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Discussion in 'Basses [BG]' started by Bassdadto2, Dec 13, 2001.
Remember those? With that aluminum alloy neck? Butt-ugly basses with a T in the headstock?
Yeah, every now and then, I'll run across one in a second hand music shop.
Didn't the aluminum necked Kramers come out of these? Anyone play one? Is the neck like a Kramer?
I used to have a Kramer. I didn't like the way the wood was inlayed into the aluminum neck. You could feel the "ridge" and it would drive me crazy!
Used to have 2 Dukes!
If I remember correctly the Travis Beans were quite expensive.
I remeber them from about 20 years ago or so. If I'm not mistaken Bill Wyman of the Stones used to play them.
I used to like the old Kramers. The Aluminum neck didn't bother me, but, I liked their sound. Something like a Yamaha BB1200.
Gary Kramer used to work for (or with) Travis Bean, so the Aluminum neck design migrated from one company to the other.
I heard that the aluminum necks were more susceptible to temperature changes than wood, making the instrument's tuning unreliable. I think that's the reason they were discontinued.
I've never player a Travis Bean, but I've seen the Kramers. Too weird for me.
Big Wheel, I remember hearing the same thing. The wood and aluminum expanded/contracted at much different rates, and I think this is what did them in.
I think the only bass with an aluminum neck in production nowadays are those new Hartke basses, but I think the aluminum is just a reinforcement, like the Graphite strip in Genesis necks. I don't think the Hartkes are exactly selling either. Maybe the cheapo Vaccaros, but not the high-end ones. Not surprising, since they're in the Sadowsky price range...
Back in the mid 70's, I waltzed into the music store with a fat wallet, intent on buying a Bean. Being young and dumb, I thought I wanted one, because I saw Stanley Clarke posing with one and because the koa wings looked bitchen.
But then I tried it out. The sound somehow reminded me of empty Bud cans rolling down the street. It just had this metallic "pang" to it that I couldn't dig. And this was before amps had horns/tweeters!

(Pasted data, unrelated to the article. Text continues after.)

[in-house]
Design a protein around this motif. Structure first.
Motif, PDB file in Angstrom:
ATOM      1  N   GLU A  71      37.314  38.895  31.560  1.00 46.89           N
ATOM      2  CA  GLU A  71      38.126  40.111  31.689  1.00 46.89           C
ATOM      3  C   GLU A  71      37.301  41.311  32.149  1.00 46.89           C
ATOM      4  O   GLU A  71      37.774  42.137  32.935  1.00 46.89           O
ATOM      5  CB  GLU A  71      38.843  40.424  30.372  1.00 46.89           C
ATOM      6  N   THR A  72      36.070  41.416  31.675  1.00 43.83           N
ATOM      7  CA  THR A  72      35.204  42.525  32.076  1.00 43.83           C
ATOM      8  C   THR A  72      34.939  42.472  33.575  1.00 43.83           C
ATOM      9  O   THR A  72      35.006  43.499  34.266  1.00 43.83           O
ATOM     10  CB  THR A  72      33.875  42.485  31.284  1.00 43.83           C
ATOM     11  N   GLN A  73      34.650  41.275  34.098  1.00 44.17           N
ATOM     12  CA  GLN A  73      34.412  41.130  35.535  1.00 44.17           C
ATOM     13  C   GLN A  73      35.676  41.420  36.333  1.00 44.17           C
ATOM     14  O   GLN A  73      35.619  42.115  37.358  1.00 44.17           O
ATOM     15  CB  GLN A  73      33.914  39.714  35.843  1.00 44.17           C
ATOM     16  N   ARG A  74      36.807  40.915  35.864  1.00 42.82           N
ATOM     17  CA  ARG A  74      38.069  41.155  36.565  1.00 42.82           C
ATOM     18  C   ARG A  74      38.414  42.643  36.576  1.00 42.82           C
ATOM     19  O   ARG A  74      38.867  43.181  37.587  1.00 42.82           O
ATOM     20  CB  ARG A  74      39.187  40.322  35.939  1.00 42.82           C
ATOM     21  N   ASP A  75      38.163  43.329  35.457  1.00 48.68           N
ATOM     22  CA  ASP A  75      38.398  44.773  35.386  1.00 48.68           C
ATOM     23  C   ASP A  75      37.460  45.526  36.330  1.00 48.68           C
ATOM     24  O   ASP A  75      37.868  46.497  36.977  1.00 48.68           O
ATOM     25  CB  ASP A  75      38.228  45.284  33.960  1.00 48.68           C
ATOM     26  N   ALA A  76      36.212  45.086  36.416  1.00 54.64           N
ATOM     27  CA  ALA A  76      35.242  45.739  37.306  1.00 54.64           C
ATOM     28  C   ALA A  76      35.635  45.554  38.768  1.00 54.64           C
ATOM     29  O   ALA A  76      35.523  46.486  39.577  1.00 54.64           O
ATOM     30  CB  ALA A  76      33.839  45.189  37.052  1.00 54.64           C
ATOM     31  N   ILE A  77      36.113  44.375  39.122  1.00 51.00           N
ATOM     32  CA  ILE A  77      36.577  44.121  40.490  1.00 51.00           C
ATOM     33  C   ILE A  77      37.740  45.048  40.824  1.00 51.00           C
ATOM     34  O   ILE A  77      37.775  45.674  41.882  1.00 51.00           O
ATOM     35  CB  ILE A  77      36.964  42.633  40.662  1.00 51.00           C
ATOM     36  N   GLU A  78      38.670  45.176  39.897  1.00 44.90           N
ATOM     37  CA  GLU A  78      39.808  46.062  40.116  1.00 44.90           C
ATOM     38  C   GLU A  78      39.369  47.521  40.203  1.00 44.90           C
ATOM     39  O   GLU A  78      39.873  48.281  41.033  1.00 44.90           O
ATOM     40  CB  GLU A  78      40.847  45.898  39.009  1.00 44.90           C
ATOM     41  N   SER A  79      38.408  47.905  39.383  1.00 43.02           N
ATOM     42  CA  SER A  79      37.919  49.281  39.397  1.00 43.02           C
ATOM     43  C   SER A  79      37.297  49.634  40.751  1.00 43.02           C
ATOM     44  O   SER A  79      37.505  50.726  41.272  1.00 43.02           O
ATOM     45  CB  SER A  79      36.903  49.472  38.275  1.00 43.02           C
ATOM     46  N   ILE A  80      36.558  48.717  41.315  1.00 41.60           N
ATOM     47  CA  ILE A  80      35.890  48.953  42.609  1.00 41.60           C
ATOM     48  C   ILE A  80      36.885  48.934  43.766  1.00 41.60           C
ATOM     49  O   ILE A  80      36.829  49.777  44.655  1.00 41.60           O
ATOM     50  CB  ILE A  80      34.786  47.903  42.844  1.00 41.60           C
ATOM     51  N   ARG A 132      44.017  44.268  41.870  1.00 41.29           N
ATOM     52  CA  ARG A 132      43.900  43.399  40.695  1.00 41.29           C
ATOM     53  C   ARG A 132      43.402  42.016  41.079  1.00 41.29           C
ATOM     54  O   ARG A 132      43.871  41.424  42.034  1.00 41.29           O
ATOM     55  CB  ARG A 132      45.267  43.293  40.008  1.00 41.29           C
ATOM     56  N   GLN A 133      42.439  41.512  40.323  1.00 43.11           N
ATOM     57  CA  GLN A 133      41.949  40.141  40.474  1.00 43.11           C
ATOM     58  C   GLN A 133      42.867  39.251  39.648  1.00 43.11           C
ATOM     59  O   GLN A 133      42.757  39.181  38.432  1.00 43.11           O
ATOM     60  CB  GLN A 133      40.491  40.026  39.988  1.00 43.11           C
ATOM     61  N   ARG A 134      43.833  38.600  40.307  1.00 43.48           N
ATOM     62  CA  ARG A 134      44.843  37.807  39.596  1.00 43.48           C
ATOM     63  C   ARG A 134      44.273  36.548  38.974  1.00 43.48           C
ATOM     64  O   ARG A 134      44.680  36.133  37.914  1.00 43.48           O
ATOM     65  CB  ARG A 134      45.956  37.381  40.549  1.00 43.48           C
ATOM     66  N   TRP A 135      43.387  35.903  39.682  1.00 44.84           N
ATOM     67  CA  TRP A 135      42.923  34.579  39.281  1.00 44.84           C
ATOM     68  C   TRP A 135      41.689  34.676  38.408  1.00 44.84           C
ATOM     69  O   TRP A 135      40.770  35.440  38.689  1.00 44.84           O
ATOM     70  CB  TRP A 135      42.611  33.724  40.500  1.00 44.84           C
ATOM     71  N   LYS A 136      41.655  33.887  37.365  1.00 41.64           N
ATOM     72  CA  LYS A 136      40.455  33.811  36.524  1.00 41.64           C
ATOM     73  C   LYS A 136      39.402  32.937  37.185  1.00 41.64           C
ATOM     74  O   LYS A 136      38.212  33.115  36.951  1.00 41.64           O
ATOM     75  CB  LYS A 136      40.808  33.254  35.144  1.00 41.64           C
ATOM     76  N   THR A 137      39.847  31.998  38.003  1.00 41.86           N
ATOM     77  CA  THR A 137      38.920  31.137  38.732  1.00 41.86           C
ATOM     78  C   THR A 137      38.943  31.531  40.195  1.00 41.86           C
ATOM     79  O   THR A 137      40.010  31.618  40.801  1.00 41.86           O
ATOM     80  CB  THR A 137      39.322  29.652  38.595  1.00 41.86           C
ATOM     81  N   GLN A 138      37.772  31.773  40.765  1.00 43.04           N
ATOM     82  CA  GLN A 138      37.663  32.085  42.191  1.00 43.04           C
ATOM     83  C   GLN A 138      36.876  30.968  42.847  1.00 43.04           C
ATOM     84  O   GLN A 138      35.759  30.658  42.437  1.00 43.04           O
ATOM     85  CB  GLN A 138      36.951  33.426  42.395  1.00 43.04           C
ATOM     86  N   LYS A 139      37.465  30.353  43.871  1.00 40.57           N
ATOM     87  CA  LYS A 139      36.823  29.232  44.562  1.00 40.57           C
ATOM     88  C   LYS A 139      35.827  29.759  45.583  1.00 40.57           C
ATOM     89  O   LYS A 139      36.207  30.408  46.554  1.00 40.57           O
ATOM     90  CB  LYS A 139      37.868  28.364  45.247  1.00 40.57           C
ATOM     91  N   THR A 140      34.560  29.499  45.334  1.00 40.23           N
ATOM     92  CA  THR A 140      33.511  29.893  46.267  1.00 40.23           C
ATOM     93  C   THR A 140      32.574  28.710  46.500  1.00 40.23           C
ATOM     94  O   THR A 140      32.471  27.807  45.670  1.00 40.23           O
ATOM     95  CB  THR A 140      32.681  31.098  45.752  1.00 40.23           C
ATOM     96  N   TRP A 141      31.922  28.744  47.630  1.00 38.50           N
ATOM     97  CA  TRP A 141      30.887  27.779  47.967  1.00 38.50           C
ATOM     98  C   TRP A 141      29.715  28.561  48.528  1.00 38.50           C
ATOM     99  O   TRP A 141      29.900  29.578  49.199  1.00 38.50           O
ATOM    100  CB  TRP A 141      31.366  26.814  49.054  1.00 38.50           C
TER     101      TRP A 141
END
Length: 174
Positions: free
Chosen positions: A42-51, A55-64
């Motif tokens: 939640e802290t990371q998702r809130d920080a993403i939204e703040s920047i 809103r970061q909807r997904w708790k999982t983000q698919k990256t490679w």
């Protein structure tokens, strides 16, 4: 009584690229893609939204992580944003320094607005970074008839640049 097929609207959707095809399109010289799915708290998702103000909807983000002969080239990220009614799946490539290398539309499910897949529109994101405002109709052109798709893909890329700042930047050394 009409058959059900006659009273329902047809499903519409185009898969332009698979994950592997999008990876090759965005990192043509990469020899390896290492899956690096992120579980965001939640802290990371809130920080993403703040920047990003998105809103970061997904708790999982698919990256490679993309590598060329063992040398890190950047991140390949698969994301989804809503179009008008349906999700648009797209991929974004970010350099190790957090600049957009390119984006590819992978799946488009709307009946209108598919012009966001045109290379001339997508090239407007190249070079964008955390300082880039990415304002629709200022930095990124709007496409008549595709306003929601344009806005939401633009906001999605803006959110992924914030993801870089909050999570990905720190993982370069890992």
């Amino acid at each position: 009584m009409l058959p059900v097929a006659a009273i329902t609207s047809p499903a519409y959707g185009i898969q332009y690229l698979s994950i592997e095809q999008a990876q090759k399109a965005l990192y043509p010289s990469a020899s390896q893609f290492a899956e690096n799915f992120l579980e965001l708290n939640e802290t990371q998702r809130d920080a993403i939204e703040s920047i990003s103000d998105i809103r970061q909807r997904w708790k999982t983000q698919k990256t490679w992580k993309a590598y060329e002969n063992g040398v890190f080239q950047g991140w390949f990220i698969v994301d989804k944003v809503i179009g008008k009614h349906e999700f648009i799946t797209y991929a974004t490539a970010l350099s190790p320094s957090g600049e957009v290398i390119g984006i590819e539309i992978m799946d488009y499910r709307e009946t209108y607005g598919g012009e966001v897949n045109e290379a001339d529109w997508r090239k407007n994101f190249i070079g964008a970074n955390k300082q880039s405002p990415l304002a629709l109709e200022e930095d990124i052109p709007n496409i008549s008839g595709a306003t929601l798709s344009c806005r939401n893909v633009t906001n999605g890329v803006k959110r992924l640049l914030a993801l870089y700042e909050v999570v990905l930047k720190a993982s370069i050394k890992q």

Some players liked the sound because fusion was big at the time and that music introduced a very clear, hi fi, bass tone.
Two big reasons they failed were;
1. Players didn't like the cold, steely, feel of the necks. To remedy this, the company offered an option where the neck was coated with a duPont product. It still didn't feel "natural."
2. Bean began having conflicts with his financial people, he and Gary Kramer weren't getting along and Kramer quit, and Bean felt he was being asked to compromise quality. So, after being in business from 74-79, he quit altogether.
He should have stuck to motorcycle racing, IMO.
An Austrian luthier, Andreas Basking make his Shark Bass series with aluminium fingerboard, check it it out, there's a pic of one of them on Bassnw.com
I think it's because the Hartke's are Butt- Ugly basses!
Yeah, that's right. Most of the Hartke basses are in the $400 - $700 range, then, they have that XL-4 which sells for about $1,700.00 ! What were they thinking ?!? It might be a great bass, but, I think it's too closely associated with its less expensive brothers.
Mick Karn played a Travis Bean in Japan for a little while. In fact the story is that he pulled the frets out because it wouldn't stay in tune, and that way he could compensate. I'm not sure at which point in Japan's career he got the Wal, but I think he used the Wal on the last couple of albums at least.
I saw a local band called 764-HERO a year or so ago and the bass player had a Travis Bean. Might have been a Kramer but I remember it as a TB. He got a good sound out of it: pretty big and chunky (used a pick).